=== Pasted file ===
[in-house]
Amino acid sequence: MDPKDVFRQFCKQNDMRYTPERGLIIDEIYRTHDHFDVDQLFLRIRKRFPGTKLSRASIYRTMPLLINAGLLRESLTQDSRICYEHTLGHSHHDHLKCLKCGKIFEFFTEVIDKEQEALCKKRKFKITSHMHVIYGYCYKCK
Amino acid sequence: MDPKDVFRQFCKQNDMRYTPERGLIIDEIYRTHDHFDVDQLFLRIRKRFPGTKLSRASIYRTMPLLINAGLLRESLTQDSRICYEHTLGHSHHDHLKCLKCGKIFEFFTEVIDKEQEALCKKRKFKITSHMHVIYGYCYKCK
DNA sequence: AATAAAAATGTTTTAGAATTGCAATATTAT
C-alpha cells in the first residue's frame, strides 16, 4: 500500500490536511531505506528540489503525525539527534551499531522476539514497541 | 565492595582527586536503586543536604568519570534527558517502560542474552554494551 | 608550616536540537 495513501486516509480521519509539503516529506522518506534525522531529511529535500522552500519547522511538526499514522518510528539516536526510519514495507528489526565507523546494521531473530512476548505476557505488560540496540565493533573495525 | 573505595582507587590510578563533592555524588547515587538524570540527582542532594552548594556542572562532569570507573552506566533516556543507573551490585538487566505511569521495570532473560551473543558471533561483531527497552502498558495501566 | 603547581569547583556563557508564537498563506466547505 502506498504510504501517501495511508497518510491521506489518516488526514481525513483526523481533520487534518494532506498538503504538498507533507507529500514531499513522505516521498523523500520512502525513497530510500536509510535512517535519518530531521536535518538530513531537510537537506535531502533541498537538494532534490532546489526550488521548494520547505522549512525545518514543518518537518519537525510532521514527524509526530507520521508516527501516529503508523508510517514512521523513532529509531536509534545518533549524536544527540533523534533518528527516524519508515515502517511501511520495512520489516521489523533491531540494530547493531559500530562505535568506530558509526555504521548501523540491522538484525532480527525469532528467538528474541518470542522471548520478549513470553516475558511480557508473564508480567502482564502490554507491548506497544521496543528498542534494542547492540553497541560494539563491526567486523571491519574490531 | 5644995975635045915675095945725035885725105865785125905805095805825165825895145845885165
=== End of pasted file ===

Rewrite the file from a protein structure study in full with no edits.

[in-house]
Amino acid sequence: MDPKDVFRQFCKQNDMRYTPERGLIIDEIYRTHDHFDVDQLFLRIRKRFPGTKLSRASIYRTMPLLINAGLLRESLTQDSRICYEHTLGHSHHDHLKCLKCGKIFEFFTEVIDKEQEALCKKRKFKITSHMHVIYGYCYKCK
Amino acid sequence: MDPKDVFRQFCKQNDMRYTPERGLIIDEIYRTHDHFDVDQLFLRIRKRFPGTKLSRASIYRTMPLLINAGLLRESLTQDSRICYEHTLGHSHHDHLKCLKCGKIFEFFTEVIDKEQEALCKKRKFKITSHMHVIYGYCYKCK
DNA sequence: AATAAAAATGTTTTAGAATTGCAATATTAT
C-alpha cells in the first residue's frame, strides 16, 4: 500500500490536511531505506528540489503525525539527534551499531522476539514497541 | 565492595582527586536503586543536604568519570534527558517502560542474552554494551 | 608550616536540537 495513501486516509480521519509539503516529506522518506534525522531529511529535500522552500519547522511538526499514522518510528539516536526510519514495507528489526565507523546494521531473530512476548505476557505488560540496540565493533573495525 | 573505595582507587590510578563533592555524588547515587538524570540527582542532594552548594556542572562532569570507573552506566533516556543507573551490585538487566505511569521495570532473560551473543558471533561483531527497552502498558495501566 | 603547581569547583556563557508564537498563506466547505 502506498504510504501517501495511508497518510491521506489518516488526514481525513483526523481533520487534518494532506498538503504538498507533507507529500514531499513522505516521498523523500520512502525513497530510500536509510535512517535519518530531521536535518538530513531537510537537506535531502533541498537538494532534490532546489526550488521548494520547505522549512525545518514543518518537518519537525510532521514527524509526530507520521508516527501516529503508523508510517514512521523513532529509531536509534545518533549524536544527540533523534533518528527516524519508515515502517511501511520495512520489516521489523533491531540494530547493531559500530562505535568506530558509526555504521548501523540491522538484525532480527525469532528467538528474541518470542522471548520478549513470553516475558511480557508473564508480567502482564502490554507491548506497544521496543528498542534494542547492540553497541560494539563491526567486523571491519574490531 | 5644995975635045915675095945725035885725105865785125905805095805825165825895145845885165